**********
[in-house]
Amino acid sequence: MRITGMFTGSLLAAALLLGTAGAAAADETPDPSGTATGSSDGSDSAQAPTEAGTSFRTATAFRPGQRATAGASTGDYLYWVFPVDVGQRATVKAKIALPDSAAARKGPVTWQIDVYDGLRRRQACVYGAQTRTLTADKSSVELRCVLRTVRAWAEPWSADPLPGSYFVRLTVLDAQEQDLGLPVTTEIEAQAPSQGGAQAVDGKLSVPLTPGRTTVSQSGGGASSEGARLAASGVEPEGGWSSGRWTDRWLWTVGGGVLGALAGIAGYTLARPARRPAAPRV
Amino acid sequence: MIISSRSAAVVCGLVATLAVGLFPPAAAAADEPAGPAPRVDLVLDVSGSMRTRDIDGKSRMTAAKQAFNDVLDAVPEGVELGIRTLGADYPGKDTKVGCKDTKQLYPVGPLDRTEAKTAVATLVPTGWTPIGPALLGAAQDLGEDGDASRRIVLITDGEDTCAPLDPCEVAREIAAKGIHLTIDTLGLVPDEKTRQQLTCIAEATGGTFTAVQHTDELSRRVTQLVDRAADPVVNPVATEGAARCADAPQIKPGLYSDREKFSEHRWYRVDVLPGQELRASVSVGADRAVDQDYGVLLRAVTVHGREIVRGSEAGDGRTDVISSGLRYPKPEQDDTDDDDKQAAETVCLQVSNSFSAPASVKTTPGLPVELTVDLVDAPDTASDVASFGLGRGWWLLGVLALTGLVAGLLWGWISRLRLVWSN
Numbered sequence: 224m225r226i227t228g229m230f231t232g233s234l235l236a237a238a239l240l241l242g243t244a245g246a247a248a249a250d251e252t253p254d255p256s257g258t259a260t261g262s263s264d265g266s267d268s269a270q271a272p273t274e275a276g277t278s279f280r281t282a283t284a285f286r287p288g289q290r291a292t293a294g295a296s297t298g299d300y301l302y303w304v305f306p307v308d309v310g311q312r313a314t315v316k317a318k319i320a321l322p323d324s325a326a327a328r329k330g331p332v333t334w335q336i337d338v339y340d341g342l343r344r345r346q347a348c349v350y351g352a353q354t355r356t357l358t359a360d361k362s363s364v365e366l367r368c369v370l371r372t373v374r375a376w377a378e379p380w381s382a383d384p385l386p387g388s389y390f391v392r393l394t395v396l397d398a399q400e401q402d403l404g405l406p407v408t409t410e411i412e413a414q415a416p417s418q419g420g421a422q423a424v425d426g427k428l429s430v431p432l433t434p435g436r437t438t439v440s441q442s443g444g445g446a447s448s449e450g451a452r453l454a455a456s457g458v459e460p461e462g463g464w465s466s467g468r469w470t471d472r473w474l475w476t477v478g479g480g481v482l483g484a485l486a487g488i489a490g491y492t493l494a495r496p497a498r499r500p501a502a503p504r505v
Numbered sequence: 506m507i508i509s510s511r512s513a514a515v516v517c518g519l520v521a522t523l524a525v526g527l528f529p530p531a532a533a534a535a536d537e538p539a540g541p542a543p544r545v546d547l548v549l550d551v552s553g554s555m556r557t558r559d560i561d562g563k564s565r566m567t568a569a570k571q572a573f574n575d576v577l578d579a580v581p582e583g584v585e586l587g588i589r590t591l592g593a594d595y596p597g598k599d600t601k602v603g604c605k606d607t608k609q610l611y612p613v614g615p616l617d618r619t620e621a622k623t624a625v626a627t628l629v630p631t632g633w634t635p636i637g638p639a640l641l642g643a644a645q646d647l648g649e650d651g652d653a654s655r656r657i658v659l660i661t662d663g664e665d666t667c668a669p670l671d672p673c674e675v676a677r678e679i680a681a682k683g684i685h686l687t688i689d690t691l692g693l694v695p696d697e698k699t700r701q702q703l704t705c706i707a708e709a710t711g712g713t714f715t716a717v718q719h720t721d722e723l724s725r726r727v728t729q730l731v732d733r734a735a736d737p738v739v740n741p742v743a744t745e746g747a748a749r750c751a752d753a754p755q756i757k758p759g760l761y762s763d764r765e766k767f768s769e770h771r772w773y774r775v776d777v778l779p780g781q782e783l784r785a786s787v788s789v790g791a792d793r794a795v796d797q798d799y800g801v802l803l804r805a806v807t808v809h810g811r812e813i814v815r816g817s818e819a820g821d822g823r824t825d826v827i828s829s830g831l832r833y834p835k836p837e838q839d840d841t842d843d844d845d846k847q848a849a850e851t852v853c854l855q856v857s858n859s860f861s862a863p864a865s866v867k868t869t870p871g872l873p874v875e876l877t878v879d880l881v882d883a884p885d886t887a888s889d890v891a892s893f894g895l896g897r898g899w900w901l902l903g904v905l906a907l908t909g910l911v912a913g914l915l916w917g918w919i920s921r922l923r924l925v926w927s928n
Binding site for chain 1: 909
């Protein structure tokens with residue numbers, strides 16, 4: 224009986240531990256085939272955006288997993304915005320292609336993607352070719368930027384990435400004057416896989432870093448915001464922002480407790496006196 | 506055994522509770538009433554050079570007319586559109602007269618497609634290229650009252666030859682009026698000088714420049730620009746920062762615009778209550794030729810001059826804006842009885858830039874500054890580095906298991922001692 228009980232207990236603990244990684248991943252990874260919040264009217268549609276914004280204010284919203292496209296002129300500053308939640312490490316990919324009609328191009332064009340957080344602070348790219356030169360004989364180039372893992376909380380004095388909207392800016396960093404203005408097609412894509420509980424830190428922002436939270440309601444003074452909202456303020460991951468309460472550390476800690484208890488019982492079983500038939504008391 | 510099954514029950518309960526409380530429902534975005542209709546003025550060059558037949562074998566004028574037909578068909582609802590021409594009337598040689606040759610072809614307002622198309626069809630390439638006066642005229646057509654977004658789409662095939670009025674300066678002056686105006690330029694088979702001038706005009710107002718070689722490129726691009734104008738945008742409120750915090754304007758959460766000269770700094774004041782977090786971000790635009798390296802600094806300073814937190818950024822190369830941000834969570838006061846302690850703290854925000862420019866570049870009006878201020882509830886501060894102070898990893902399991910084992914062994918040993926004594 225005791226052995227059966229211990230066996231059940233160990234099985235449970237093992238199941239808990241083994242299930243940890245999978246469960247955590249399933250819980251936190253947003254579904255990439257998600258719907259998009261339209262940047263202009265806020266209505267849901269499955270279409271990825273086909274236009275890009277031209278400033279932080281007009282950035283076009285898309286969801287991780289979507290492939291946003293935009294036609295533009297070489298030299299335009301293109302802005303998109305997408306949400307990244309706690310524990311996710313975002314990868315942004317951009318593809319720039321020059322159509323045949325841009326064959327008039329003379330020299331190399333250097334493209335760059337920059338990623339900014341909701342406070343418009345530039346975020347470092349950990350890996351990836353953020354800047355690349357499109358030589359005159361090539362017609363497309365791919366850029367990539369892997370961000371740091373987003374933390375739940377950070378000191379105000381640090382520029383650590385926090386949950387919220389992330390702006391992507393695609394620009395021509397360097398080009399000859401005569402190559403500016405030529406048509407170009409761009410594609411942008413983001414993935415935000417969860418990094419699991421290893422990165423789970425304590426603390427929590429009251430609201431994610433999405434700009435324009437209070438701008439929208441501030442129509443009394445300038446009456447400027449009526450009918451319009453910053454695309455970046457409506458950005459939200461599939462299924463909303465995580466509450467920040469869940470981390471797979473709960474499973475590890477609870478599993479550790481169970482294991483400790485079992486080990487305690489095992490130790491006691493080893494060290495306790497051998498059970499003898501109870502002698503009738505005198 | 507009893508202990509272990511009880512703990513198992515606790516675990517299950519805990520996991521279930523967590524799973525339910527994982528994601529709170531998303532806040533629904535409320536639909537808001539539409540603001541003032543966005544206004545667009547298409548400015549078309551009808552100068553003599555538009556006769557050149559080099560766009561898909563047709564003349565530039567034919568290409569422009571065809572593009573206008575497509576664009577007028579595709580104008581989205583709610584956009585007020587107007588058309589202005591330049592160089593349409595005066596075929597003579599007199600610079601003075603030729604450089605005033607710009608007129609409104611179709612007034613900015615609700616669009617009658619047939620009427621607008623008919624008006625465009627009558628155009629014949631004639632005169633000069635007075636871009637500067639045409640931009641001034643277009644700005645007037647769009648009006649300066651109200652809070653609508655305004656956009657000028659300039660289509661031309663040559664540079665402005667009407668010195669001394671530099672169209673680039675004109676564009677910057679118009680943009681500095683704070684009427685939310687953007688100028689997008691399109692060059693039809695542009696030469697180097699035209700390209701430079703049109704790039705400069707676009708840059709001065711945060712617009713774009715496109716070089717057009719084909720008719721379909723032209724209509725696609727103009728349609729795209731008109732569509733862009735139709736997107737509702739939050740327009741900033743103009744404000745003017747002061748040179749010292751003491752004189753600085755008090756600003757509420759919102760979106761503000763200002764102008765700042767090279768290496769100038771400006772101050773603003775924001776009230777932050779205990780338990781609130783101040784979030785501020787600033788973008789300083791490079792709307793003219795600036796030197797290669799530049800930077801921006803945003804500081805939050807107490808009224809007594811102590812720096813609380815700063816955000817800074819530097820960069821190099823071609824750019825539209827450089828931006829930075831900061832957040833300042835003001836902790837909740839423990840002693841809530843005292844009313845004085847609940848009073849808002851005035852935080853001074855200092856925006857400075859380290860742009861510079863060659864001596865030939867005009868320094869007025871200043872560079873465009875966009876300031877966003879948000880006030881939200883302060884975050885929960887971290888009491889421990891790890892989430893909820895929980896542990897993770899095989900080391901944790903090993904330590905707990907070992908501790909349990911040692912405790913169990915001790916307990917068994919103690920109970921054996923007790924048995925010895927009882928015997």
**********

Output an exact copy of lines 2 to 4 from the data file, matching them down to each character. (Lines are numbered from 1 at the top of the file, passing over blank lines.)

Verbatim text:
Amino acid sequence: MRITGMFTGSLLAAALLLGTAGAAAADETPDPSGTATGSSDGSDSAQAPTEAGTSFRTATAFRPGQRATAGASTGDYLYWVFPVDVGQRATVKAKIALPDSAAARKGPVTWQIDVYDGLRRRQACVYGAQTRTLTADKSSVELRCVLRTVRAWAEPWSADPLPGSYFVRLTVLDAQEQDLGLPVTTEIEAQAPSQGGAQAVDGKLSVPLTPGRTTVSQSGGGASSEGARLAASGVEPEGGWSSGRWTDRWLWTVGGGVLGALAGIAGYTLARPARRPAAPRV
Amino acid sequence: MIISSRSAAVVCGLVATLAVGLFPPAAAAADEPAGPAPRVDLVLDVSGSMRTRDIDGKSRMTAAKQAFNDVLDAVPEGVELGIRTLGADYPGKDTKVGCKDTKQLYPVGPLDRTEAKTAVATLVPTGWTPIGPALLGAAQDLGEDGDASRRIVLITDGEDTCAPLDPCEVAREIAAKGIHLTIDTLGLVPDEKTRQQLTCIAEATGGTFTAVQHTDELSRRVTQLVDRAADPVVNPVATEGAARCADAPQIKPGLYSDREKFSEHRWYRVDVLPGQELRASVSVGADRAVDQDYGVLLRAVTVHGREIVRGSEAGDGRTDVISSGLRYPKPEQDDTDDDDKQAAETVCLQVSNSFSAPASVKTTPGLPVELTVDLVDAPDTASDVASFGLGRGWWLLGVLALTGLVAGLLWGWISRLRLVWSN
Numbered sequence: 224m225r226i227t228g229m230f231t232g233s234l235l236a237a238a239l240l241l242g243t244a245g246a247a248a249a250d251e252t253p254d255p256s257g258t259a260t261g262s263s264d265g266s267d268s269a270q271a272p273t274e275a276g277t278s279f280r281t282a283t284a285f286r287p288g289q290r291a292t293a294g295a296s297t298g299d300y301l302y303w304v305f306p307v308d309v310g311q312r313a314t315v316k317a318k319i320a321l322p323d324s325a326a327a328r329k330g331p332v333t334w335q336i337d338v339y340d341g342l343r344r345r346q347a348c349v350y351g352a353q354t355r356t357l358t359a360d361k362s363s364v365e366l367r368c369v370l371r372t373v374r375a376w377a378e379p380w381s382a383d384p385l386p387g388s389y390f391v392r393l394t395v396l397d398a399q400e401q402d403l404g405l406p407v408t409t410e411i412e413a414q415a416p417s418q419g420g421a422q423a424v425d426g427k428l429s430v431p432l433t434p435g436r437t438t439v440s441q442s443g444g445g446a447s448s449e450g451a452r453l454a455a456s457g458v459e460p461e462g463g464w465s466s467g468r469w470t471d472r473w474l475w476t477v478g479g480g481v482l483g484a485l486a487g488i489a490g491y492t493l494a495r496p497a498r499r500p501a502a503p504r505v